There’s nothing worse than worrying all through flea season that your precious pet—and your precious family—may be harmed by using toxic pesticide poisons. However, if you’ve ever personally experienced a flea infestation, you also know that preventative precautions aren’t optional. Today, natural science is discovering more and more options for controlling fleas without sprinkling either pet or premises with harmful poisons. Try these all-natural, wallet-friendly options to keep fleas off pets and away from your household this spring, summer and fall!

Note: It’s always wise to speak with your veterinarian before beginning any of these alternative treatments

Pest control cost comparison 

Another benefit of using all-natural alternatives is that it’s typically much cheaper than hiring professionals to treat your home with poisons!

  • Average cost for a professional flea treatment: $150-$350+ per treatment
  • Average cost for each of the alternatives listed below: $3-$25+

 

1. Start a black walnut oral regimen

Black walnut is sold in capsule or liquid. If you give black walnut to your pet, it can function similarly to vet-prescribed or OTC flea pills.

Note: Give only the minimum dosage—higher dosages may prove toxic.

2. Administer B vitamins

You can try OTC flea treats that are packed with B vitamins, or ask your vet about supplementing your pet's diet with B vitamins in other ways. B vitamins repel fleas. Be aware that it takes up to 20 days before your pet will be fully protected against fleas.

3. Use natural-oil repellants

There are several natural oils that are pleasing to you and your pet, but not to fleas. These oils include mint, eucalyptus, citronella, tea tree and rosemary. Get a spray bottle, then add a few drops of each of these oils and a cup of water. Shake the spray bottle, then spray on your pet's fur. Your pet will smell great—and fleas will stay away.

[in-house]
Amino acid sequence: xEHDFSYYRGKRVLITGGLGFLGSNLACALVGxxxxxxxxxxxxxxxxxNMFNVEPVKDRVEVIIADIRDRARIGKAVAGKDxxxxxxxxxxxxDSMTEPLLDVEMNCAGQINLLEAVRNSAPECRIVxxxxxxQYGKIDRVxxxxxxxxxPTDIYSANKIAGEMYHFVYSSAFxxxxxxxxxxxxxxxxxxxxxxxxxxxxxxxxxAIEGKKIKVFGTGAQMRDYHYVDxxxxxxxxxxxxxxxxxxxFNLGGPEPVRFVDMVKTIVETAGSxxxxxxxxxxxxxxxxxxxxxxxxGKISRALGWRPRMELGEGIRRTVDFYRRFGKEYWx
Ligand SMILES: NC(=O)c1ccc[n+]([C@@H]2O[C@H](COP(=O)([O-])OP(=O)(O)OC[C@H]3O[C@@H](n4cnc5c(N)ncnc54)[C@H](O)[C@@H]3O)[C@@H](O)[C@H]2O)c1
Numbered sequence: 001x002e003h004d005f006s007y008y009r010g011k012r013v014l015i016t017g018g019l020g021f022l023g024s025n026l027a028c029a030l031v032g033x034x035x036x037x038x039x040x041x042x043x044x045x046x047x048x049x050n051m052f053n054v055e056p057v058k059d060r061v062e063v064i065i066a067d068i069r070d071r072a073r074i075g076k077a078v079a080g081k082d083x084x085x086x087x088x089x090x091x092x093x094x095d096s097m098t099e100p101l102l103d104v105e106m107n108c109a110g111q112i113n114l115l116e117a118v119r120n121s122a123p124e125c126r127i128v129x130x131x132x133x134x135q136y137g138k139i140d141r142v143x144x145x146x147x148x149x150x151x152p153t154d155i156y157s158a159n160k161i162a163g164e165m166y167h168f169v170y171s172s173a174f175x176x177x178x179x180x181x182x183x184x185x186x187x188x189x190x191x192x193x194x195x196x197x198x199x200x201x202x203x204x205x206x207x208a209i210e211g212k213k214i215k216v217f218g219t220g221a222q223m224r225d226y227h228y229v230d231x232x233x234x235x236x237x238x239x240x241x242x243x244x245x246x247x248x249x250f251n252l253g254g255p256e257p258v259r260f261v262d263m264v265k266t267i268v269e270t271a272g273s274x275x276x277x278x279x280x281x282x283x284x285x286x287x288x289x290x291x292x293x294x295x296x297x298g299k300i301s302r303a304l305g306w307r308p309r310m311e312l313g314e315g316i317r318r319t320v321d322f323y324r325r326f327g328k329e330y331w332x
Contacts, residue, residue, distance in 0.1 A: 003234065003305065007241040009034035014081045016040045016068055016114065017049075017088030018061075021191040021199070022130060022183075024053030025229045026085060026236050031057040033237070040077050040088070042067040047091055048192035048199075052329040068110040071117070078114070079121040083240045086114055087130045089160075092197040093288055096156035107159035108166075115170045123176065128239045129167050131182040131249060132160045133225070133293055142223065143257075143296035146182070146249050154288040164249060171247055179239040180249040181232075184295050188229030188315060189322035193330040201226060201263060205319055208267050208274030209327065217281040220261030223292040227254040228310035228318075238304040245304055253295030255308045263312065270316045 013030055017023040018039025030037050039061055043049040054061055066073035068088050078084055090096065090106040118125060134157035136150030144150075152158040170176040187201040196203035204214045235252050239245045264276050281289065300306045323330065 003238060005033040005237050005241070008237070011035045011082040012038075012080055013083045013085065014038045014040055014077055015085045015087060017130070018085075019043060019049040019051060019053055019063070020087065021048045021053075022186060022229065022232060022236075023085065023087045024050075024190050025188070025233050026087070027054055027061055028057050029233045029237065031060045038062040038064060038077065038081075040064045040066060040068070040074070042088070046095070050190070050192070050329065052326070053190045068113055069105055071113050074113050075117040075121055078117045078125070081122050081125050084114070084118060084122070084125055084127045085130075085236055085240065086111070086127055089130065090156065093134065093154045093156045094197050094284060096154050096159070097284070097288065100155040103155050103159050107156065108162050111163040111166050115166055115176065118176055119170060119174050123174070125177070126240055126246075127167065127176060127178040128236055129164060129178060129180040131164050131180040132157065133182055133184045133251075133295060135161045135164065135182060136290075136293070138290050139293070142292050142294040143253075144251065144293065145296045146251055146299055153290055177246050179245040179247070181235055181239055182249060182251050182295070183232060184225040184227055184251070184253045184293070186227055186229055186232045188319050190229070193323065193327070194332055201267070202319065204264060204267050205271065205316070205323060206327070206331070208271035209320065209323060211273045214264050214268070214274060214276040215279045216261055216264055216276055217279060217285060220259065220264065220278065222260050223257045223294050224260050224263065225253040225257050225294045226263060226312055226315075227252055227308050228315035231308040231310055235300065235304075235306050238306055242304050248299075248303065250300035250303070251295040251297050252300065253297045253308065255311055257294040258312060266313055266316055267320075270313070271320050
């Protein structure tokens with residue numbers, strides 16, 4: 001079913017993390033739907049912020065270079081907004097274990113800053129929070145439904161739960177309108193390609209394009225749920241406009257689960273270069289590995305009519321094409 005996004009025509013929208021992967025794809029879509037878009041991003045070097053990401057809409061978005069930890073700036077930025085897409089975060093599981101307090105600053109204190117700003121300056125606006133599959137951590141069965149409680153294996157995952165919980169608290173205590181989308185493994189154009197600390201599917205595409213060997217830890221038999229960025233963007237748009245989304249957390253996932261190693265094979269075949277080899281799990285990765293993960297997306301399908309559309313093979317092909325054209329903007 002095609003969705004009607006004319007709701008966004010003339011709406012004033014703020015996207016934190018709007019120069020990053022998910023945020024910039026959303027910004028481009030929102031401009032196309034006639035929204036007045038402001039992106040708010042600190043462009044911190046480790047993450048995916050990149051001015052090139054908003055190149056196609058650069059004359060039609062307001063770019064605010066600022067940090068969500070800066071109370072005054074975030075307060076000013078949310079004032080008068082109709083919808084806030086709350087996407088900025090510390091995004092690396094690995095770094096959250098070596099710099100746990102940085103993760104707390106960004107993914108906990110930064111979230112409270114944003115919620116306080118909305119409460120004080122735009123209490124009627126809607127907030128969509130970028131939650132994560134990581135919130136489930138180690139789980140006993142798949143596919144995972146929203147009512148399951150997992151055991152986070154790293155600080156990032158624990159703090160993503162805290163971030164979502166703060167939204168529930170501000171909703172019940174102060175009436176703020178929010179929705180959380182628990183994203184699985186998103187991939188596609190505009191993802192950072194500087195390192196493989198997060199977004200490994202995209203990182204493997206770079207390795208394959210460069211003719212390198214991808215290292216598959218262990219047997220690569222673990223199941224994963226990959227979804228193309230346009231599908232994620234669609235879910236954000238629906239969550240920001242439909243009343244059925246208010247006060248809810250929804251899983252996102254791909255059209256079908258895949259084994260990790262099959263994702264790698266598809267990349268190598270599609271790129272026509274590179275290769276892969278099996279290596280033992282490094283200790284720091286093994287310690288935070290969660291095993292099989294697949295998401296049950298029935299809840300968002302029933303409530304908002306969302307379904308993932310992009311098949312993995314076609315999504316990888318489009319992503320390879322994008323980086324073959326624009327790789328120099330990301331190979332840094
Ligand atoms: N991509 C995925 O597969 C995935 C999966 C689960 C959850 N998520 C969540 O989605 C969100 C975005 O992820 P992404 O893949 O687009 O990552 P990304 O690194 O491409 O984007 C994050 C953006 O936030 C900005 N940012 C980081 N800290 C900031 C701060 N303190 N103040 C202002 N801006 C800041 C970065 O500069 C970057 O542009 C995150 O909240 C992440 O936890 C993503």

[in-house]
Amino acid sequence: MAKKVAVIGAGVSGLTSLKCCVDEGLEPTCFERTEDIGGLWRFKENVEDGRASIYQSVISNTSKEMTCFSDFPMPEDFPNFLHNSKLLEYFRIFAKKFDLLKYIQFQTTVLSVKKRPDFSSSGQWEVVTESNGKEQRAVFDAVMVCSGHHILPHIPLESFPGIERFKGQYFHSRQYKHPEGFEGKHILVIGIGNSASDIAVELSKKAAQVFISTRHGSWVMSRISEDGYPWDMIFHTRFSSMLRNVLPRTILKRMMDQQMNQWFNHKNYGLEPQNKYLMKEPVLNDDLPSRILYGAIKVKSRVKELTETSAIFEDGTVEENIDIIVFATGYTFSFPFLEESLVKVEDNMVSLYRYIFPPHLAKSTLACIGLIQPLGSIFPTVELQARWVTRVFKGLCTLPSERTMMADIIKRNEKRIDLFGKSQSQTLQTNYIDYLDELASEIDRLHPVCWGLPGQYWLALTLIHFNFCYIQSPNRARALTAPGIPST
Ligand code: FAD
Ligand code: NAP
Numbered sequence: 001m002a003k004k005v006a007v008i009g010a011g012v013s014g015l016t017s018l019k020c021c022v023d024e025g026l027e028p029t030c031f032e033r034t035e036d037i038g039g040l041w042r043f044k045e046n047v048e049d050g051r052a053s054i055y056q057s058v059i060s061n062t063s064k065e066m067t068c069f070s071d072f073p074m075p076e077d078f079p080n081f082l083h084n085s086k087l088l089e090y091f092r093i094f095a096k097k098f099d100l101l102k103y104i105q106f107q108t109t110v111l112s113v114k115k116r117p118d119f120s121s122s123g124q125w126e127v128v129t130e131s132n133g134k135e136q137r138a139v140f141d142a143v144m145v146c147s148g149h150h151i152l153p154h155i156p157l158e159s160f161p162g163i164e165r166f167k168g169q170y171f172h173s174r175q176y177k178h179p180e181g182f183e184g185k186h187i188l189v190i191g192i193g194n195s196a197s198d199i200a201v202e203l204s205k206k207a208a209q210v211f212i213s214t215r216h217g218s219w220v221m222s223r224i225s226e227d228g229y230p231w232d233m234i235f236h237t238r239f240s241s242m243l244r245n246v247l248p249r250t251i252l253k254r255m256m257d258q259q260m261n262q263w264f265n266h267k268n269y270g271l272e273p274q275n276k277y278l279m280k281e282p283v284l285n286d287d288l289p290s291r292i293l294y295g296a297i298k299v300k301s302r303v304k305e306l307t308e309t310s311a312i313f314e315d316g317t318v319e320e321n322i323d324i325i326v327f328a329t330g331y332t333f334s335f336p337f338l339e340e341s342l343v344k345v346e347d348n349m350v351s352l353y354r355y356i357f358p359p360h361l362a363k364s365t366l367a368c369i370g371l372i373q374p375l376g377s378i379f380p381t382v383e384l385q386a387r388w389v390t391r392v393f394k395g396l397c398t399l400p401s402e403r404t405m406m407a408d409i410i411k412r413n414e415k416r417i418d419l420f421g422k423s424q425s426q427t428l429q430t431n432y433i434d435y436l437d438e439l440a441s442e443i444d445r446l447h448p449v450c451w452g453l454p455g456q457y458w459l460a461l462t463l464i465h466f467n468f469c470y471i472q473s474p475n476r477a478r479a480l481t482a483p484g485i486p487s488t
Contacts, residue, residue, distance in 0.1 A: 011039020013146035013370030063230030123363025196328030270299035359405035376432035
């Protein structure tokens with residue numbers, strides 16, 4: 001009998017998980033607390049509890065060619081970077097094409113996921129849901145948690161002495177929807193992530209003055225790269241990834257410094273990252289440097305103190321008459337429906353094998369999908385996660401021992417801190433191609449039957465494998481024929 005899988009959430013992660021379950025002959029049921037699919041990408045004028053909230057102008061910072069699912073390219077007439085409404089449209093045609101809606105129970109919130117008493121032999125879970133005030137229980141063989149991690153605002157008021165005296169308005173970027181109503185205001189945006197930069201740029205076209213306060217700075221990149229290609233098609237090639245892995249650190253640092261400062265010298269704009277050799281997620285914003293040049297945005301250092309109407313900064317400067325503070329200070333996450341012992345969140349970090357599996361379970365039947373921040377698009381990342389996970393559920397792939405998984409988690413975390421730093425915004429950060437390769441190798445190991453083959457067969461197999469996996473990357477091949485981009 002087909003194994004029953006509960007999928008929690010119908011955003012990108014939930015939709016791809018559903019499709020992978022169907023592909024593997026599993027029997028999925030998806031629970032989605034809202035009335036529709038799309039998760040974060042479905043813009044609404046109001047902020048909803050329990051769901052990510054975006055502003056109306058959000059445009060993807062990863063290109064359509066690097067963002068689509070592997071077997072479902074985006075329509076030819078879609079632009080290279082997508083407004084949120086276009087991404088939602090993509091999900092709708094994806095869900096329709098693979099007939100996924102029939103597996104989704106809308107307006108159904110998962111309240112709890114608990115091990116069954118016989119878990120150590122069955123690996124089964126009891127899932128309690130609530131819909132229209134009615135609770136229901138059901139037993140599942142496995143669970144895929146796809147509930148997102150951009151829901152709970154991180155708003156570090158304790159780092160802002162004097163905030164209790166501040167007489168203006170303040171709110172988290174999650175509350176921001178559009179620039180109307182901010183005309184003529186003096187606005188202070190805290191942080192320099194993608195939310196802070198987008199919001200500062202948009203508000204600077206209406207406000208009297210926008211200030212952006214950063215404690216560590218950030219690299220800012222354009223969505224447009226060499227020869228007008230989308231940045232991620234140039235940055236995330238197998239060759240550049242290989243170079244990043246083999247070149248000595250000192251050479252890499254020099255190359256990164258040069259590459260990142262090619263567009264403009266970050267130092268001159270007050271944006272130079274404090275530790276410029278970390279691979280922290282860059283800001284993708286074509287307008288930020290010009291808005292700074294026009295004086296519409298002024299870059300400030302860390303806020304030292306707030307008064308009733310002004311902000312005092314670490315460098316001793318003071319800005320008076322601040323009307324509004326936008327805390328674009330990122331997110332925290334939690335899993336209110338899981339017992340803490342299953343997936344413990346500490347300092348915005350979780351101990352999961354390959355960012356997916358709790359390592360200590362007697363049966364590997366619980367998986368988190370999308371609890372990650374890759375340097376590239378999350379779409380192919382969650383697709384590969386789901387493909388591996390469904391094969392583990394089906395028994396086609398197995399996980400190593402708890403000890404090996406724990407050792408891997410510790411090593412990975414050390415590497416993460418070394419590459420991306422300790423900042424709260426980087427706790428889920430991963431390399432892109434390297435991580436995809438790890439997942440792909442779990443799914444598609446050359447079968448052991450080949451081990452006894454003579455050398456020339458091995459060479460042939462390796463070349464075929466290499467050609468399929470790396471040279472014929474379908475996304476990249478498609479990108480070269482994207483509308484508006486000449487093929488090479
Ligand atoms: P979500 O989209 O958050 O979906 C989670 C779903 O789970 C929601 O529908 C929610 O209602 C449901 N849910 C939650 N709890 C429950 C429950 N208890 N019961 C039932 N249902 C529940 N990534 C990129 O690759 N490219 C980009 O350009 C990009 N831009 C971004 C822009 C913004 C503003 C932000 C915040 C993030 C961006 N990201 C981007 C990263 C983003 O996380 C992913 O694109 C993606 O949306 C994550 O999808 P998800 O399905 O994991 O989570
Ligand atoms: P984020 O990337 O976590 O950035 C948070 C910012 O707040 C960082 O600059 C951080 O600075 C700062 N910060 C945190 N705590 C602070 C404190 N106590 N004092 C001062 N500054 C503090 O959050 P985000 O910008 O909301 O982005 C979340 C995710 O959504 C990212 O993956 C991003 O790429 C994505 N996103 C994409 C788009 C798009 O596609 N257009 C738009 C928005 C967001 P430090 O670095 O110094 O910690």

Note: An alternative would be rubbing fennel leaves into your dog's coat.

4. Bathe your pet with herbal shampoos

Herbal shampoos are a great way to ease the pain of previous flea bites and keep pets flea-free in the future. If you can find herbal shampoos that contain chamomile, aloe vera, cedar, eucalyptus, lavender, tea tree, or peppermint essences, these will be the most effective. Pay special attention to armpits, groin, ears, tail and other areas where fleas are more prone to reside.

Note: Unless your veterinarian indicates otherwise, you should be able to bathe your pet at least once per week without risking undue skin dryness.

5. Use a flea comb

Your pet may pick up fleas no matter what you do, so you should be prepared to spend the time to check for fleas daily by brushing the coat with a fine-tooth flea comb. Have a bowl of warm, soapy water handy so you can submerge found fleas quickly.

6. Give your pet a haircut

The longer your pet's coat, the more likely fleas will remain undetected. Close-cropped coats will not only be more comfortable as temperatures climb, but they’ll keep your pet safer because fleas will be visible very quickly.

7. Break out the vacuum

There’s no substitute for a vacuum during flea season. If you want to use diatomaceous earth or borax, you can sprinkle the powder around the corners and in the carpet, let it sit for a few hours, then vacuum it up to trap flea eggs, larvae and adults. Even if you don’t want to use these powders, you can still trap fleas, larvae and egg sacks with just a vacuum. Be prepared to vacuum every few days at minimum. You’ll need to vacuum furniture, area rugs, carpeting, pet bedding and the edges of each room where fleas may lay eggs in tiny crevices. Seal the bag and freeze or discard it since the fleas can still hatch inside the bag.

8. Keep your pet's sleeping area clean

Every time you bathe your pet, launder bedding, blankets and toys at the same time. You can also sprinkle some cedar chips among your pet's bedding to repel fleas, which dislike the smell of cedar.

9. Make your lawn flea-unfriendly

Fleas have plenty of options for where to reside as temperatures get warmer. The more you can make your lawn inhospitable to roaming fleas, the less pet and home treatment you’ll need to do.

Here are some of the best options.

  • Plant flea-repelling seeds: Garlic, lemon, cedar, mint, citrus, marigold flowers, eucalyptus trees, lavender and fennel are a few winners.
  • Install nematodes: Nematodes are garden friends, but fleas hate them, because these microorganisms think flea larvae are delicious. You can use a powder or spray form.
  • Remove all debris promptly: This includes lawn clippings, leaf piles, supplies, old mulching, and other debris that may look like an attractive new home to fleas.